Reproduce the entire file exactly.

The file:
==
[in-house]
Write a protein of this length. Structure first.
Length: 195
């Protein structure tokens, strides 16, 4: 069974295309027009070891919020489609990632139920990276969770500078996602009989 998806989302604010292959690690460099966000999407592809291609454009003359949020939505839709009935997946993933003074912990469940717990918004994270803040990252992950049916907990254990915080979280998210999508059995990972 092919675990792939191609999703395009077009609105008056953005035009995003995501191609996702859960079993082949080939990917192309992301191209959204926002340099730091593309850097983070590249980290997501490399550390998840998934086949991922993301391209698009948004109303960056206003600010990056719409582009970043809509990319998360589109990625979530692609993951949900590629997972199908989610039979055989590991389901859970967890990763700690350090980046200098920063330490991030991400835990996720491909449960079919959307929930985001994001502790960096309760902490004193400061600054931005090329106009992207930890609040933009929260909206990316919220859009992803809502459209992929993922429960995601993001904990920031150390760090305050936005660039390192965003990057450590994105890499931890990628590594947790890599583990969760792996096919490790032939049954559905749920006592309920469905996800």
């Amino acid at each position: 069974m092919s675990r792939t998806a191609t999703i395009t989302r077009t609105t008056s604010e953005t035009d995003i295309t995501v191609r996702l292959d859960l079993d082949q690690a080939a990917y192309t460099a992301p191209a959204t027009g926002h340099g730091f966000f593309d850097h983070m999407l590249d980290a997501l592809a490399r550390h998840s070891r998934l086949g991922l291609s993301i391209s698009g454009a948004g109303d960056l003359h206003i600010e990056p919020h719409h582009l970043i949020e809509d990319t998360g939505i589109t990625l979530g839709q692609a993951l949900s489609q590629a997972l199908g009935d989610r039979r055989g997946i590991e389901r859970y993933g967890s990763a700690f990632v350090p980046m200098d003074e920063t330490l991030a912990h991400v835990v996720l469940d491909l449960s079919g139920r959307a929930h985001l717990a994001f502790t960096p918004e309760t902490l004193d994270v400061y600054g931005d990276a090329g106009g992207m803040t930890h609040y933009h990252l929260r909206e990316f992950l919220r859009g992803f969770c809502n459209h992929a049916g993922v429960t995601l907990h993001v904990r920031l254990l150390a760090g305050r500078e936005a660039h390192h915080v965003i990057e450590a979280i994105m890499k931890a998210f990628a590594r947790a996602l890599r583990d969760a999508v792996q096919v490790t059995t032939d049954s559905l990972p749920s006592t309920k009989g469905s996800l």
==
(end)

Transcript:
[in-house]
Write a protein of this length. Structure first.
Length: 195
């Protein structure tokens, strides 16, 4: 069974295309027009070891919020489609990632139920990276969770500078996602009989 998806989302604010292959690690460099966000999407592809291609454009003359949020939505839709009935997946993933003074912990469940717990918004994270803040990252992950049916907990254990915080979280998210999508059995990972 092919675990792939191609999703395009077009609105008056953005035009995003995501191609996702859960079993082949080939990917192309992301191209959204926002340099730091593309850097983070590249980290997501490399550390998840998934086949991922993301391209698009948004109303960056206003600010990056719409582009970043809509990319998360589109990625979530692609993951949900590629997972199908989610039979055989590991389901859970967890990763700690350090980046200098920063330490991030991400835990996720491909449960079919959307929930985001994001502790960096309760902490004193400061600054931005090329106009992207930890609040933009929260909206990316919220859009992803809502459209992929993922429960995601993001904990920031150390760090305050936005660039390192965003990057450590994105890499931890990628590594947790890599583990969760792996096919490790032939049954559905749920006592309920469905996800």
């Amino acid at each position: 069974m092919s675990r792939t998806a191609t999703i395009t989302r077009t609105t008056s604010e953005t035009d995003i295309t995501v191609r996702l292959d859960l079993d082949q690690a080939a990917y192309t460099a992301p191209a959204t027009g926002h340099g730091f966000f593309d850097h983070m999407l590249d980290a997501l592809a490399r550390h998840s070891r998934l086949g991922l291609s993301i391209s698009g454009a948004g109303d960056l003359h206003i600010e990056p919020h719409h582009l970043i949020e809509d990319t998360g939505i589109t990625l979530g839709q692609a993951l949900s489609q590629a997972l199908g009935d989610r039979r055989g997946i590991e389901r859970y993933g967890s990763a700690f990632v350090p980046m200098d003074e920063t330490l991030a912990h991400v835990v996720l469940d491909l449960s079919g139920r959307a929930h985001l717990a994001f502790t960096p918004e309760t902490l004193d994270v400061y600054g931005d990276a090329g106009g992207m803040t930890h609040y933009h990252l929260r909206e990316f992950l919220r859009g992803f969770c809502n459209h992929a049916g993922v429960t995601l907990h993001v904990r920031l254990l150390a760090g305050r500078e936005a660039h390192h915080v965003i990057e450590a979280i994105m890499k931890a998210f990628a590594r947790a996602l890599r583990d969760a999508v792996q096919v490790t059995t032939d049954s559905l990972p749920s006592t309920k009989g469905s996800l």